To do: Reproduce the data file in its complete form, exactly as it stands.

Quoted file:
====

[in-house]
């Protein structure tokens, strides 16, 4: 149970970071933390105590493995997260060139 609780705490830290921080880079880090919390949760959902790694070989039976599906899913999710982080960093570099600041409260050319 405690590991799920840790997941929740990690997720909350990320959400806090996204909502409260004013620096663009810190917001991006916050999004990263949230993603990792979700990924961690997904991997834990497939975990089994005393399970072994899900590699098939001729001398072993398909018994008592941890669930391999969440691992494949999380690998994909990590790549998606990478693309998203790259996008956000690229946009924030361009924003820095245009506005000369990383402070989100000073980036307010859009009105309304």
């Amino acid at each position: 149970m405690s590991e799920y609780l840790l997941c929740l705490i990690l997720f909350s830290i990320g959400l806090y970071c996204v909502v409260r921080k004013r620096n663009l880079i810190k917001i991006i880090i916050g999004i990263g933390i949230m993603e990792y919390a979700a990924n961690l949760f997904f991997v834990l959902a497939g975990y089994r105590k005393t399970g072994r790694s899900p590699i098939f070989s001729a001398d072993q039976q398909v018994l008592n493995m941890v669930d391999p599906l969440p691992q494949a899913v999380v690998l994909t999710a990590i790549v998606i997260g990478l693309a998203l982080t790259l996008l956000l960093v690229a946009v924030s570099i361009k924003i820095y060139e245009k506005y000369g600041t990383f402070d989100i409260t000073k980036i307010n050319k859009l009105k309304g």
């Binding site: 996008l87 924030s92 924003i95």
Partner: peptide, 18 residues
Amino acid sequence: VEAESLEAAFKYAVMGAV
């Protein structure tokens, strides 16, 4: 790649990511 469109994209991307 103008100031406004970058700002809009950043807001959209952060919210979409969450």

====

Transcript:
[in-house]
């Protein structure tokens, strides 16, 4: 149970970071933390105590493995997260060139 609780705490830290921080880079880090919390949760959902790694070989039976599906899913999710982080960093570099600041409260050319 405690590991799920840790997941929740990690997720909350990320959400806090996204909502409260004013620096663009810190917001991006916050999004990263949230993603990792979700990924961690997904991997834990497939975990089994005393399970072994899900590699098939001729001398072993398909018994008592941890669930391999969440691992494949999380690998994909990590790549998606990478693309998203790259996008956000690229946009924030361009924003820095245009506005000369990383402070989100000073980036307010859009009105309304």
């Amino acid at each position: 149970m405690s590991e799920y609780l840790l997941c929740l705490i990690l997720f909350s830290i990320g959400l806090y970071c996204v909502v409260r921080k004013r620096n663009l880079i810190k917001i991006i880090i916050g999004i990263g933390i949230m993603e990792y919390a979700a990924n961690l949760f997904f991997v834990l959902a497939g975990y089994r105590k005393t399970g072994r790694s899900p590699i098939f070989s001729a001398d072993q039976q398909v018994l008592n493995m941890v669930d391999p599906l969440p691992q494949a899913v999380v690998l994909t999710a990590i790549v998606i997260g990478l693309a998203l982080t790259l996008l956000l960093v690229a946009v924030s570099i361009k924003i820095y060139e245009k506005y000369g600041t990383f402070d989100i409260t000073k980036i307010n050319k859009l009105k309304g």
């Binding site: 996008l87 924030s92 924003i95």
Partner: peptide, 18 residues
Amino acid sequence: VEAESLEAAFKYAVMGAV
């Protein structure tokens, strides 16, 4: 790649990511 469109994209991307 103008100031406004970058700002809009950043807001959209952060919210979409969450």